How to Increase the Holding Power of a Square | Popular Woodworking Magazine
 In Feature Articles, Shop Blog, Woodworking Blogs

Anyone who has introduced a square to young students or beginner woodworkers knows the challenges of teaching them how to control the tool and maintain it square to the edge of the workpiece during use. The main problem for the inexperienced woodworker is to keep the square where they intended. As the student slides their pencil or marking knife down the ruler, problems begin. The further away they slide the marking tool from the square head, the more likely they are to lose control of the square, which leads the square to slide or pivot. One way to help my students keep the square secured to the workpiece is to add friction between it and the work. The way I choose to do this is by affixing a strip of Pressure Sensitive Adhesive sandpaper to the edge of the square’s head.

I begin by cleaning the edge of the square head with alcohol. Then I cut the PSA sandpaper with a utility knife and press it onto the edge of the square. To solidify the marriage between the two, I use the corner of a scrap piece of wood and press it along the PSA strip.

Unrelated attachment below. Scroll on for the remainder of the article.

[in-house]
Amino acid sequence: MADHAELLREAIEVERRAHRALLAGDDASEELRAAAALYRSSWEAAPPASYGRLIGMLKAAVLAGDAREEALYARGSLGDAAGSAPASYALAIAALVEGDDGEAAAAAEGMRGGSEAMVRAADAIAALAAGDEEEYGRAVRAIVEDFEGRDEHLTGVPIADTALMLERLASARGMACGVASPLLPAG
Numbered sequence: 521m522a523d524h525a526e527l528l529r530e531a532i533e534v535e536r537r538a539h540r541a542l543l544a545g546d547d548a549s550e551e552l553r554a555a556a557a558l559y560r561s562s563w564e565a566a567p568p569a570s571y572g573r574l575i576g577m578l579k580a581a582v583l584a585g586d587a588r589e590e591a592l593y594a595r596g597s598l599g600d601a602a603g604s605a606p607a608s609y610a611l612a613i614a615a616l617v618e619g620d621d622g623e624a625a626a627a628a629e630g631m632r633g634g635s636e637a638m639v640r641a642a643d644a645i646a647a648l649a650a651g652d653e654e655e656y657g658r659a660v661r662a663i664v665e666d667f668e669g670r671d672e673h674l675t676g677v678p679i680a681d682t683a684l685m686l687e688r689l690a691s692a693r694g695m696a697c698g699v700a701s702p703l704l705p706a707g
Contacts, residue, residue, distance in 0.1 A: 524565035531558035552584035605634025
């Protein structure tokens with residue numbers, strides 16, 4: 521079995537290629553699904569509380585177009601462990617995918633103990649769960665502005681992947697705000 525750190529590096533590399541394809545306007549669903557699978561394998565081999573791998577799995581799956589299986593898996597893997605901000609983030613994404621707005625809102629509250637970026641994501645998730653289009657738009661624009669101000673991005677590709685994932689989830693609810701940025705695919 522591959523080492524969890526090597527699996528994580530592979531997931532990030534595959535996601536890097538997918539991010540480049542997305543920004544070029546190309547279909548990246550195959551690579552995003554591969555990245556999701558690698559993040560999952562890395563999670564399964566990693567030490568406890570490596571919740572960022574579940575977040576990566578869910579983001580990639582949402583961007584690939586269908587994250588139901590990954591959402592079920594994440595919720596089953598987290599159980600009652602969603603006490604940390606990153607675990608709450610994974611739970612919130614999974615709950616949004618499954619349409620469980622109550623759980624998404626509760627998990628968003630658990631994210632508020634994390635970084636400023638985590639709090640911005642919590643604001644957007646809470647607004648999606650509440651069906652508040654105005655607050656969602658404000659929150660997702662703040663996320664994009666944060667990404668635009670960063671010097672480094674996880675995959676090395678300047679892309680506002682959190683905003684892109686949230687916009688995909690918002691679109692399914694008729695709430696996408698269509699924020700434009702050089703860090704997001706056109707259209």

This technique is not restricted to beginners or young woodworkers; even seasoned woodworkers can appreciate it. With the PSA sandpaper on the square, you can reduce the force you apply on the square – producing more accurate right angle marking.

– Yoav Liberman

If you’d like to explore more tips and tricks for marking, check out Marking & Measuring: 11 Articles to Help You Zero in On Perfect Work. Available for purchase at shopwoodworking.com. 

Recent Posts
Showing 5 comments
  • DaveS2

    Is there much competition for the ‘sandpaper role’ in the school hand tool pageant?

  • dorald

    Lost feature but an important one . . .

    Teach ANY woodworker to use the “finger” hold on the body of the combo square. My father-in-law, (Master Carpenter), taught me this several years ago and it has proven very helpful in holding the square secure for measuring and drawing a line. This feature has all but been forgotten over the years. Doesn’t anyone question why the body is shaped like it is with the “dip” in it?!?!?!

    There are a few mfg’s that still produce this design feature which is really sad.

0

Start typing and press Enter to search

Indicating the mark for one end of the line to trim